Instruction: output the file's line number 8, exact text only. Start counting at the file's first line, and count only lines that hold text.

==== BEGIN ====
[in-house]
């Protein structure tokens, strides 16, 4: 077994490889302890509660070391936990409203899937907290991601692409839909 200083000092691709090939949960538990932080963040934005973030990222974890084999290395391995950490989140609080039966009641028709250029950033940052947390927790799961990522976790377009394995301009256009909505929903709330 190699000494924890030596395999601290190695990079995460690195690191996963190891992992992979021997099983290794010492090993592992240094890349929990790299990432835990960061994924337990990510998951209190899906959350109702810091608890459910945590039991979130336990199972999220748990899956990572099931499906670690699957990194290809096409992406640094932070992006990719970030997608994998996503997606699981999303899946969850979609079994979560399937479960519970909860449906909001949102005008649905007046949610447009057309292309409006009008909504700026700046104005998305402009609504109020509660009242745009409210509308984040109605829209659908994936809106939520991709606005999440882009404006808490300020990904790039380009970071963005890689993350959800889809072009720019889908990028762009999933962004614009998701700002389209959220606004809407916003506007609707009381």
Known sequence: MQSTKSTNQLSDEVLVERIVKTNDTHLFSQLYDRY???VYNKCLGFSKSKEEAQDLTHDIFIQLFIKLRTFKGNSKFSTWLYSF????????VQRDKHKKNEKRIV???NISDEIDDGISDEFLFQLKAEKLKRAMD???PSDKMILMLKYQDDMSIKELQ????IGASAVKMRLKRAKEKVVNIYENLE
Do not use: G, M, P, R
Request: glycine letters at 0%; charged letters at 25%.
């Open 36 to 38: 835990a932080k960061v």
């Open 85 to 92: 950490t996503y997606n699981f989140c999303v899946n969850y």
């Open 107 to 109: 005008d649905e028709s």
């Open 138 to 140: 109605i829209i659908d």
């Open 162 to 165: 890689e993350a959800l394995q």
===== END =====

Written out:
């Open 107 to 109: 005008d649905e028709s």